Homewood Schools among the first in Illinois to move from paper testing to computer

Homewood School District 153 will be one of the first districts in Illinois to administer state testing by computer this spring.

It is a major endeavor to get every student in grades 3 through 8 enough computer time for the testing without disrupting the learning environment, said Kathy Schaeflein, director of Curriculum and Instruction for District 153.

The paper exam allowed all students to test on the same day. That was easy to schedule. The new computer testing is posing a challenge for Schaeflein who is working with administrators on timetables for Churchill, Millennium and Hart Schools.

“We have two computer labs in each building—the media center and the technology center. We will also set up additional laptop computers in the libraries and group settings in different classrooms,” she explained.

The difficulty is trying to accommodate eight or nine sections at each grade level. Every student will take three tests on English language arts and two tests on math through the Partnership Assessment on Readiness for College and Careers (PARCC) exam. Each test can take anywhere from 75 to 90 minutes.

The move away from paper and pencil testing comes as the Illinois State Board of Education has schools transition to the Common Core Curriculum. District 153 has been including Core Curriculum essentials into its curriculum for about five years.

One complaint school administrators and teachers had about the Illinois Standard Assessment Test (ISAT) paper exam was the lag between testing and results. Schaeflein said results from the May testing came too late for teachers to incorporate any changes into the curriculum for the following year. PARCC exams are specially designed to give more timely assessments.

To get immediate assessments prior to the implementation of PARCC, Homewood Schools have used STAR testing which generally take 20 to 25 minutes. The results give teachers information that’s relevant to their classroom instruction.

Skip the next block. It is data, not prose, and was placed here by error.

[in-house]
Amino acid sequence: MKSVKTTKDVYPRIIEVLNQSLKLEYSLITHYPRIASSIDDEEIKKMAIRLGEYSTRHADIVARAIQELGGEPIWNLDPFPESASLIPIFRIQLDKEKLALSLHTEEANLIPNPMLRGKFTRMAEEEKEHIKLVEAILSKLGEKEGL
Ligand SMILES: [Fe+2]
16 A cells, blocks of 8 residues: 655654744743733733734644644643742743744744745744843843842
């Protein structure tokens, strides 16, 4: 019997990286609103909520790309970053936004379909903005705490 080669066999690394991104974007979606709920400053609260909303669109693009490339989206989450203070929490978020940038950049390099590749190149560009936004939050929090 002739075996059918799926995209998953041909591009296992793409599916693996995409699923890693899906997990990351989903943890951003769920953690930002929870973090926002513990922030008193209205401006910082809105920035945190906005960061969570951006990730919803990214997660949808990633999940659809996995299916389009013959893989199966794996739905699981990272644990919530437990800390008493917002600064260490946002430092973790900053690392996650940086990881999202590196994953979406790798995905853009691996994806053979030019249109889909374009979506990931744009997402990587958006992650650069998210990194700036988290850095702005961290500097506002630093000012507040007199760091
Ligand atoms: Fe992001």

“You can see this child is having trouble with fractions, I need to go over fractions with him. The (STAR testing) information is useable and we can see progress because we do it three times a year,” she explained. “It’s a snapshot that lets teachers see where kids need help, so we do interventions and do more checks. That’s our useable data that drives our instruction.”

Homewood schools had a dry run as a PARCC field test site in the 2013-2014 school year. Schaeflein said two sections of the 8th grade class did paper exams. The English language arts test for 5th graders was done on computer, and the 4th graders did math on computer.

The students liked the computer testing, but they did show some test fatigue at the end of the third day. Teachers were concerned about the length of time it took to administer the tests.

Testing should have a viable result, Schaeflein believes.

“We’re a data driven society. Accountability is the buzz word we hear throughout the state and the nation. How are we doing? How are we measuring what we do?

“You have to know how they’re doing and know what’s working and that’s what testing does. We have to be able to use that good useable data to make instruction better. We don’t want to test just to test,” she added.


Related story:
PARCC testing now required in Illinois (The Chronicle, Jan. 4, 2015)


More information:
Homewood School District 153


Contact Marilyn Thomas at [email protected]

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